The continued tight supply and increasing cost of polysilicon, coinciding with the growth in demand for solar energy, has been a key catalyst for the rapid adoption of thin-film technologies in just the last two years. After a long (15-year) gestation period, North America-headquartered First Solar has single-handedly thrust thin-film technologies into the spotlight with an impressive manufacturing ramp, full order books worth billions of U.S. dollars and a stock market evaluation in the $20 billion bracket.
Not surprisingly, thin-film technologies have gained huge interest from potential new entrants as well as from established Si-cell producers such as Q-Cells, Suntech and Sharp to pursue thin-film manufacturing. E-Ton of Taiwan has also followed suit.
The technology is claimed to enable the lowest cost-per-watt and therefore bring about grid parity in many regions of the world sooner than Si-cell based technologies.
Thin films have also proven attractive to late entrants, eager to utilise turnkey processes and equipment solutions that significantly reduce the entry risks, while potentially allowing faster megawatt-scale production ramps and a quicker return on investment (ROI).
As Chart 1 below shows, Taiwan has attracted a small but growing group of thin-film converts that have established or are in the process of establishing initial volume production manufacturing plants.
Caption: Taiwan thin film manufactures capacity expansion plans.
Our research relies partially on projections produced earlier in the year by ITRI, as well as checks and updates we have undertaken subsequently. In 2006, nominal capacity stood at only 13MW, which consisted primarily of pilot line operations. As some of those projects have since matured, capacity is estimated to have risen to 27.5MW in 2007.
Although these capacity figures are small and when compared to ITRI/Photovoltaics International’s estimates of Si-cell capacity having reached 990MW in 2007, thin-film has a long way to go to challenge silicon solar cells.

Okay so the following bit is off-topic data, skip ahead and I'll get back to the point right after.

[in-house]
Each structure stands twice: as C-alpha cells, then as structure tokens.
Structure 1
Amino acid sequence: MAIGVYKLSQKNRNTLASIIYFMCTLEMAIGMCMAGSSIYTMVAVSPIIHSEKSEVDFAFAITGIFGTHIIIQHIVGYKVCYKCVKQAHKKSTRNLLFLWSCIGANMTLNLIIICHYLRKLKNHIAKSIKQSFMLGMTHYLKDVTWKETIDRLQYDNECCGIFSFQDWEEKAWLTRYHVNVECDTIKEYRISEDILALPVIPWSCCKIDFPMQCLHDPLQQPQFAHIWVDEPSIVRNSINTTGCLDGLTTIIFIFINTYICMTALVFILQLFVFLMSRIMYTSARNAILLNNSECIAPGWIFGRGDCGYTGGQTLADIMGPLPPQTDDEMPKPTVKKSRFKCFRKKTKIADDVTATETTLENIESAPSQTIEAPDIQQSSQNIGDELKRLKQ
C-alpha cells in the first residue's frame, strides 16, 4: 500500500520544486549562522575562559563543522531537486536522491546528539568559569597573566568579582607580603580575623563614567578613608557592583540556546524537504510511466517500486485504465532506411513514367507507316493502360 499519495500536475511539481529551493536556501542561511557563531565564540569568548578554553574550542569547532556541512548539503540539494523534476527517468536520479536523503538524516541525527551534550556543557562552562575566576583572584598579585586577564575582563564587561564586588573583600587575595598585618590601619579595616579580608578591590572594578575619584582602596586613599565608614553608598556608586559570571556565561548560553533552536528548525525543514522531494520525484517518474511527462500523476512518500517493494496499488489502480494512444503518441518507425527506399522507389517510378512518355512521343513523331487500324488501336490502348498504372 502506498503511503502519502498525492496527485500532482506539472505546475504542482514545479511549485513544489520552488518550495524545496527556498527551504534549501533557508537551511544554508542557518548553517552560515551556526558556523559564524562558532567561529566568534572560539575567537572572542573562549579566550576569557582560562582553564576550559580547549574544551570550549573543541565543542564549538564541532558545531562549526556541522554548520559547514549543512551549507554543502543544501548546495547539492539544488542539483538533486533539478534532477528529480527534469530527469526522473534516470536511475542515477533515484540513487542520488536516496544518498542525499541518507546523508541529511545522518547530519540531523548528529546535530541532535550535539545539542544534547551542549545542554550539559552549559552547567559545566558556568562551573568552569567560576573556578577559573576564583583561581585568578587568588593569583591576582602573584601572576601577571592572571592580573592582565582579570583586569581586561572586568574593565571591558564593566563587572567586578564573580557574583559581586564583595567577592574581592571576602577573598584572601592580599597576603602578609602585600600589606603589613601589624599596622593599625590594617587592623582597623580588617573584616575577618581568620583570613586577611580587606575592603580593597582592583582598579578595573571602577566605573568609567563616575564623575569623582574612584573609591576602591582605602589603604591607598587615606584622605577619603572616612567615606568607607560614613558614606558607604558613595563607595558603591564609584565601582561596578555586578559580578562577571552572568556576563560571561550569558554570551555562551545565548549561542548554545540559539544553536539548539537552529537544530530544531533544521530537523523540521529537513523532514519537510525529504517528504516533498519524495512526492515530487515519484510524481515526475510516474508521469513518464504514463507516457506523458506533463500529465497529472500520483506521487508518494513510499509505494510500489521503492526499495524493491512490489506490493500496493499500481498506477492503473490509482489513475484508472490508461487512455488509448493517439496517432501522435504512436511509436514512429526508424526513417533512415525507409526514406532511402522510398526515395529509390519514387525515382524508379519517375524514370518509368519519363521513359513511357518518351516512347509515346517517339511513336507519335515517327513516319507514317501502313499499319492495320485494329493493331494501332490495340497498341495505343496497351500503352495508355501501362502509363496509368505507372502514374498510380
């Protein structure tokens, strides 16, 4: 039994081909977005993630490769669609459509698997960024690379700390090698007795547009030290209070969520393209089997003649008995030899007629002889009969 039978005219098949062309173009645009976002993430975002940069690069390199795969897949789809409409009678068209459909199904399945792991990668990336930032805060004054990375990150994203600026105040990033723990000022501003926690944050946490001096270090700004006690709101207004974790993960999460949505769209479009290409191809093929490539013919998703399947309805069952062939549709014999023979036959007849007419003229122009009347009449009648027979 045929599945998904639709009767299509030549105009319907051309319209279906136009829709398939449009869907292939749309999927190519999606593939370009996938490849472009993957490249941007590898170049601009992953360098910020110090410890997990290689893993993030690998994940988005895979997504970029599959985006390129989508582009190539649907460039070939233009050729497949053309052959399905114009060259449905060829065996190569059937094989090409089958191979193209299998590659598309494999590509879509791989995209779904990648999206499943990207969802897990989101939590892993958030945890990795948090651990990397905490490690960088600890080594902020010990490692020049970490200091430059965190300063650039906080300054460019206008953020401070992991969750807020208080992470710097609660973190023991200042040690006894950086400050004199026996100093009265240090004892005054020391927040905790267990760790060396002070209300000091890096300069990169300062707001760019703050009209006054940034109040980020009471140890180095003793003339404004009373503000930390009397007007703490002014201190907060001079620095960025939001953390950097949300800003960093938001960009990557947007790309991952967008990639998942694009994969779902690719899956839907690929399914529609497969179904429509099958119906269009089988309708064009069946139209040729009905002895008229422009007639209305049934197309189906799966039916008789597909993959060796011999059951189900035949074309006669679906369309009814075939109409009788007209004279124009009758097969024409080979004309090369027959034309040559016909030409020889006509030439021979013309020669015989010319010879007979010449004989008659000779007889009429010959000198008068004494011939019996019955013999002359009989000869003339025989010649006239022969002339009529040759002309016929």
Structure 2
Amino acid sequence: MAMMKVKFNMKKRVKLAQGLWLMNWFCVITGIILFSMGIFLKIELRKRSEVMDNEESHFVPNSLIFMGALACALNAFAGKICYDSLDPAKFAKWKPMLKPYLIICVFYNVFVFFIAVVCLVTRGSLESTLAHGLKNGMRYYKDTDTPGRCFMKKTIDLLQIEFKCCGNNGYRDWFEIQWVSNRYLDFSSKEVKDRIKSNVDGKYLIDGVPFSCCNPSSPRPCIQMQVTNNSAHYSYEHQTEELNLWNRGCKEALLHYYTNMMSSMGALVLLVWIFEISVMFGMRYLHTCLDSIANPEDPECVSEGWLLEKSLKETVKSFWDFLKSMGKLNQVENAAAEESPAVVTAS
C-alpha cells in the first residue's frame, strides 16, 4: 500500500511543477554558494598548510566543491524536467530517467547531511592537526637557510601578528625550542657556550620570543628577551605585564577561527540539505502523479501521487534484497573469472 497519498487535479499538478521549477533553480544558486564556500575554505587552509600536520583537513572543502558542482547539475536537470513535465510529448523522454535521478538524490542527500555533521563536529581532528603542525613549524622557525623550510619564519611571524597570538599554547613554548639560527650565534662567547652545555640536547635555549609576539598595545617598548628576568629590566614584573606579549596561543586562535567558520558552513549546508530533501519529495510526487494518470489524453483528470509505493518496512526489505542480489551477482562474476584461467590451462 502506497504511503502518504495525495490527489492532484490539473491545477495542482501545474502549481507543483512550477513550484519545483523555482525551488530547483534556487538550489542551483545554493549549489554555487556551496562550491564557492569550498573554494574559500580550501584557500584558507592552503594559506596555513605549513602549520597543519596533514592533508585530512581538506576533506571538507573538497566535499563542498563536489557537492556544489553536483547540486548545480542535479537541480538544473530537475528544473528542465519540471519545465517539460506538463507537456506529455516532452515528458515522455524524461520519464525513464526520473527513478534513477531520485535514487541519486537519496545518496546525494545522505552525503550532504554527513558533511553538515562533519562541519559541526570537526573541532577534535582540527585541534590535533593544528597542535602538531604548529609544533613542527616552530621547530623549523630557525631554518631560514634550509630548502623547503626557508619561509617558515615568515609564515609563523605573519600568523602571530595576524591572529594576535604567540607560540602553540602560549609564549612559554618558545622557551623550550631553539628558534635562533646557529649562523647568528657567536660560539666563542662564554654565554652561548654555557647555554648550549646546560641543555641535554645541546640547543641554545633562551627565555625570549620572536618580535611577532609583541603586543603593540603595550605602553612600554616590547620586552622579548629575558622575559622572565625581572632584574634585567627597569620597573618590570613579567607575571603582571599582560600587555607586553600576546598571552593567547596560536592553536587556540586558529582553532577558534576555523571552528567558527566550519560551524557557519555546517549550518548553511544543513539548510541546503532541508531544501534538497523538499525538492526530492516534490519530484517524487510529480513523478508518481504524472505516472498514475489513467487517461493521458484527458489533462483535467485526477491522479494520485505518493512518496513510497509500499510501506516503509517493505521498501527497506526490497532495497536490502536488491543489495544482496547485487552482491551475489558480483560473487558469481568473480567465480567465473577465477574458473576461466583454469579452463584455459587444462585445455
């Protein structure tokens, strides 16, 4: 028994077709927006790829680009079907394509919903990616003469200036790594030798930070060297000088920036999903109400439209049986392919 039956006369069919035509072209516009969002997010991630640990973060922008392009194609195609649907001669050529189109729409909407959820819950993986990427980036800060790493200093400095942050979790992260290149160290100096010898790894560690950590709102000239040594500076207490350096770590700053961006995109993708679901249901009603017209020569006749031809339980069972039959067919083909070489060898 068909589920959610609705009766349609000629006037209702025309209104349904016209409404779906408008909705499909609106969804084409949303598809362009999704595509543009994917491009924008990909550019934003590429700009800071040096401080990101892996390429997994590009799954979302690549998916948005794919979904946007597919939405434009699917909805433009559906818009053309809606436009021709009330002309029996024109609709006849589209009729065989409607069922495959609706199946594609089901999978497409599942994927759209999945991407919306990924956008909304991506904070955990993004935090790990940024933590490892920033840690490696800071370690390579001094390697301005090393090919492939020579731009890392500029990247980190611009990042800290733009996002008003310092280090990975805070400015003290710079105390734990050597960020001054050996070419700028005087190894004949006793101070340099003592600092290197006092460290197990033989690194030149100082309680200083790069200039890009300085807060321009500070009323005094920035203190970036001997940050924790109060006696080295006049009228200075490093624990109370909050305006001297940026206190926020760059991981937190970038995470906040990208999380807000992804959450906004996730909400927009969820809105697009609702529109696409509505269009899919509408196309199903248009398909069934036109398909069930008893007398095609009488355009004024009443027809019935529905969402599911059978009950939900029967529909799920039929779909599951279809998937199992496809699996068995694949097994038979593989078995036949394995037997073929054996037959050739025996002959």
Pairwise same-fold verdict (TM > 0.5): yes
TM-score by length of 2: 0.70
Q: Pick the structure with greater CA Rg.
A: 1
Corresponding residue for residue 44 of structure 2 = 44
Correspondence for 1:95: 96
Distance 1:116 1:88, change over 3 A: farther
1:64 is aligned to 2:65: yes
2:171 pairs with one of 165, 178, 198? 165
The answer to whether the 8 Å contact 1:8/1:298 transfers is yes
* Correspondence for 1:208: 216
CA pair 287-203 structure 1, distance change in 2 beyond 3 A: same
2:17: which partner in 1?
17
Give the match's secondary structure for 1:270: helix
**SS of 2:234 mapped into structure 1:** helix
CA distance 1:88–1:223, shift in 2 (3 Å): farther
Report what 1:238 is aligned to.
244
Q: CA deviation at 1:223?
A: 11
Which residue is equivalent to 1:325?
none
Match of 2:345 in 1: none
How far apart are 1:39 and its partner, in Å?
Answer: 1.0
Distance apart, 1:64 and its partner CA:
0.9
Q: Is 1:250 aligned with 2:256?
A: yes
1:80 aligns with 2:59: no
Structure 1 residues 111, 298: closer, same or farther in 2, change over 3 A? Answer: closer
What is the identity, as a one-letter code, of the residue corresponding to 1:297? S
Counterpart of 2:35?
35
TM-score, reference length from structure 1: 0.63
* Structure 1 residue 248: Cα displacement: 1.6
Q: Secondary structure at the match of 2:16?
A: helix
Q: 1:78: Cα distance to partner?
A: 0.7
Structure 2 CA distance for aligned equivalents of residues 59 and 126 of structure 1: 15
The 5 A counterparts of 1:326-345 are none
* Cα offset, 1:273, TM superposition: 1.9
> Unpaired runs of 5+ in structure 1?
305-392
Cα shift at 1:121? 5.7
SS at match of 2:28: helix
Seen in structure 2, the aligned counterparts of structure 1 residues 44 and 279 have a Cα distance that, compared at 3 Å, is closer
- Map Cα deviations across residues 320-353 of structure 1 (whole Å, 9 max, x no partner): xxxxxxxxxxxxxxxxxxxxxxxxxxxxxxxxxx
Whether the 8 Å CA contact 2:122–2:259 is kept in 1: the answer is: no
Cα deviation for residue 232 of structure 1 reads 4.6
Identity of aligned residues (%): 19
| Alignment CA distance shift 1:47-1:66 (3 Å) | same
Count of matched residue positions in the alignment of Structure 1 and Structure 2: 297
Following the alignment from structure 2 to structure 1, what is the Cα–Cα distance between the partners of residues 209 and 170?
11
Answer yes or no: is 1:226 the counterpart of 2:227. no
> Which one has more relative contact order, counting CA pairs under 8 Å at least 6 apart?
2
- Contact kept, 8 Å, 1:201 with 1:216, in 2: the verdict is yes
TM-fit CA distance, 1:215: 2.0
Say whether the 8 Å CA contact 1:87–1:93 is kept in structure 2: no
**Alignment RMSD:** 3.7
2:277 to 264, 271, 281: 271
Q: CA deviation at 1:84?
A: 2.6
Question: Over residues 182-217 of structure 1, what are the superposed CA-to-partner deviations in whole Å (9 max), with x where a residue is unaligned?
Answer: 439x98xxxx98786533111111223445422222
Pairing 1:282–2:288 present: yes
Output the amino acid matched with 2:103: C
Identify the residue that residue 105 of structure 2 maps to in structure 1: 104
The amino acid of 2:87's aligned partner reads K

Interestingly, all of the current thin-film entrants have selected amorphous thin-film technologies from all of the key current suppliers (Applied Materials, Oerlikon Solar and Ulvac). Although development is taking place on cadmium telluride (CdTe) and copper indium gallium (di)selenide- (CIGS) based thin-film solar cells, current production ramps are all a-Si based. A key aspect of this are the less demanding learning curves with a-Si compared to the technical hurdles with which these alternative technologies are associated.
Work is also ongoing to boost conversion efficiencies to the 10 percent range with twin junction configurations to make them more competitive with CdTe and CIGS technologies.
Auria Solar has already announced that its first 30MW thin-film line will include Oerlikon Solar’s micromorph tandem technology that utilises amorph and microcrystalline materials to boost conversion efficiency by 50 percent. Sunner Solar has employed ULVAC’s thin film technology and has said that it too will incorporate ULVAC’s tandem structure that uses a microcrystal (u-Si) layer followed by an a-Si process to boost efficiencies.
Therefore, 2008 looks like being a year of transition for the photovoltaics industry in Taiwan with both Si-cell and thin-film technologies ramping capacity considerably. Two Oerlikon Solar customers, Sun Well Solar Corp. and Auria Solar Co. Ltd., have stated that installed capacity using a-Si thin-film technology will reach 100MW combined by year-end.
NexPower Technology and Sunner Solar should also have ramped to 50MW combined capacity using a-Si technology from Ulvac by the end of 2008. Taking into account the prospect of Green Energy Technology’s 40MW line using Applied Materials’ SunFab system coming into operation by the end of 2008, the ramp becomes progressively steeper as we move through 2009 and 2010.
As Chart 2 highlights, there is the possibility that thin-film MW capacity will account for over half the capacity in Taiwan in 2010, a possible testament to the faster ramp capability of thin-film technology over conventional Si-cell approaches.
Caption: Taiwan PV manufacturers Si-cell and thin film capacity expansion plans
These projections do not account for the likely possibility of the emergence of new thin-film entrants as well as greater capacity ramps from existing start-ups – should initial volume ramps prove highly successful. The prospects for Taiwan to compete with other regions of the world that are aggressively ramping thin film technology, is a realistic one.
By Mark Osborne